In my journey through INF530 I have learned a great deal. The course has particularly helped me to develop my understanding of:
- Digital literacy
- Connected Learning
- The value of educational technology
- The ethical consideration of educational technology
Early in the course I was challenged by the concept of digital literacy. I came to an initial view of what digital literacy meant to me but that was just a starting point. As the course evolved, so did my understanding of the term. My new understanding added in concepts of digital security and Steve Wheeler’s description of “digital residency” that I found thanks to June’s tweet:
— June Wall (@junewall) April 11, 2018
Digital residency, meaning someone who uses an app in their daily life, is a better and fairer description for what I had labelled “active digital literacy”. I have realised how important it is for the education professional to have an understanding of digital literacy so that it can inform their interaction with students.
The discussion on my blog post around connected learning helped me to think about how connected learning could be promoted at different stages of education. Connected learning was a new concept to me but in my work context, the need for us to be able to promote and acknowledge connected learning resonated with me. Claire challenged me to think about how this promotion of connected learning would differ for various age groups:
The course has helped me to appreciate that educational technology (EdTech) is a diverse field. I have usually had poor experiences with EdTech and previously felt it was too heavily focused on behaviouristic principles but others within the course helped to highlight examples where it was making a positive difference:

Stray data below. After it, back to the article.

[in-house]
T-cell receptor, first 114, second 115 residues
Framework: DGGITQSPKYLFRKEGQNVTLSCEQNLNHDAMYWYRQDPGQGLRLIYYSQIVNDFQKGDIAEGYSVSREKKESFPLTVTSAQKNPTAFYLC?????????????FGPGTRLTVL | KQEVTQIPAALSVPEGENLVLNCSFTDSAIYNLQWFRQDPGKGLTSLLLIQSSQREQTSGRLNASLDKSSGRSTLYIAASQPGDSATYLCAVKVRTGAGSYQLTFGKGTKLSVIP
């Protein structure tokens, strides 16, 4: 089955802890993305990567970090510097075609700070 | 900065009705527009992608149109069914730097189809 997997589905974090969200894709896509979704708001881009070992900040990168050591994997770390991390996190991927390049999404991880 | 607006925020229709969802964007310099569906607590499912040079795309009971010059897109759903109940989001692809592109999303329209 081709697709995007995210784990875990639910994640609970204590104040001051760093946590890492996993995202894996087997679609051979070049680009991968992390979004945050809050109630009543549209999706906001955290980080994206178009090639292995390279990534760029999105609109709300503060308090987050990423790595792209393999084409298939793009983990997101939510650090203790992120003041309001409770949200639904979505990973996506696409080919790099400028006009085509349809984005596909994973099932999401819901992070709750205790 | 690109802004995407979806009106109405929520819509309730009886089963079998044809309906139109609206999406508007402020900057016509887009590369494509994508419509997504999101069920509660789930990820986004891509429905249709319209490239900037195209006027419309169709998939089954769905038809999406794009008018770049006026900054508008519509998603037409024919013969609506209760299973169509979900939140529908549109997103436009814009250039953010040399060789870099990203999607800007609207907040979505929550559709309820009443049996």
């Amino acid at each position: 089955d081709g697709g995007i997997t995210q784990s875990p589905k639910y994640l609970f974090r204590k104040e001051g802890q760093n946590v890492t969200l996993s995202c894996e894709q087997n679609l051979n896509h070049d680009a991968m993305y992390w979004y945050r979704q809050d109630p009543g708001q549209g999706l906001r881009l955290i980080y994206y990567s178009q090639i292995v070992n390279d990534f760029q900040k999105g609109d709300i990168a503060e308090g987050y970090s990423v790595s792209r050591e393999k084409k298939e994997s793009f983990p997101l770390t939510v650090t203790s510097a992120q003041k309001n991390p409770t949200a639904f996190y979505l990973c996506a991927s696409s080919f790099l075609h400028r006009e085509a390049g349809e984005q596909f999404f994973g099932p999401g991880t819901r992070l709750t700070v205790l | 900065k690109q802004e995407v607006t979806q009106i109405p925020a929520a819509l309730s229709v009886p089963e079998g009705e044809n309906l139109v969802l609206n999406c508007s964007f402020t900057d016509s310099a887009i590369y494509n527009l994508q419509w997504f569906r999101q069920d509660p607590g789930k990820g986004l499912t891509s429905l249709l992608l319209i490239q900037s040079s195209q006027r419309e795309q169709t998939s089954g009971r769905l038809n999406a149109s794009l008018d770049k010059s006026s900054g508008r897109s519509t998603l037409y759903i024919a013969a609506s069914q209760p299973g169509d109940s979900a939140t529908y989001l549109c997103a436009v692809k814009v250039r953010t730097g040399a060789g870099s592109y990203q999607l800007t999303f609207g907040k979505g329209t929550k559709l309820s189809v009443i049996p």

I came to the understanding that digital learning is not just a extension of behaviourism but can provide a much more nuanced approach to education. The Communities of Enquiry championed by Garrison (2016) show what an important role digital environments can play in helping to promote digital learning. The work by Kara and Sevim forced me to reconsider my beliefs that adaptive learning was a simplistic tool that had limited benefit to education professionals in helping to develop the skills needed by the jobs of the future (Kara & Sevim, 2013). However, Audrey Watter’s presentation holds the sobering view that the EdTech industry champions the benefits of digital learning based on the benefits to an “imagined ideal student… unconstrained by materiality, by the body, by place – by race, gender, geography”. The benefits of EdTech is still a complicated topic for me, but I now understand the potential benefits and have a wider understanding of the potential disadvantages.
Ethics of EdTech
Reviewing the ethical considerations of the storage and use of data within education gave me a new appreciation for the expanded role that education professionals have in digital environments. The difficulty that students and their parents have in fully understanding the systems being implemented means that the education professional now have a role in ensuring the privacy of their students is protected (Boyd & Crawford, 2012). The role of privacy advocate is a challenging one as technology rapidly evolves and education professionals do not always get a say in what systems are being implemented. Having read about Cambridge Analytica and recent reports about ClassDojo sharing data, I wrote a blog where I questioned what would change the attitude to data retention within education coming to the conclusion that:
It may not be until schools or the workplace experience their own Cambridge Analytica moment that things will change.
INF530 has been particularly useful in exposing me to a range of perspectives from education professionals in a range of fields. I have been challenged to rethink my belief that there was only one dimension to education technology. The result has been a discovery of a complex and nuanced environment that provides opportunities and challenges that I will need to grapple with for many years to come.
Boyd, D., & Crawford, K. (2012). Critical Questions for Big Data: Provocations for a cultural, technological, and scholarly phenomenon. Information, Communication & Society, 15(5), 662–679. https://doi.org/10.1080/1369118X.2012.678878
Garrison, D. R. (2016). Thinking collaboratively: learning in a community of inquiry. New York ; London: Routledge.
Kara, N., & Sevim, N. (2013). Adaptive Learning Systems: Beyond Teaching Machines. Contemporary Educational Technology, 4(2), 108–120.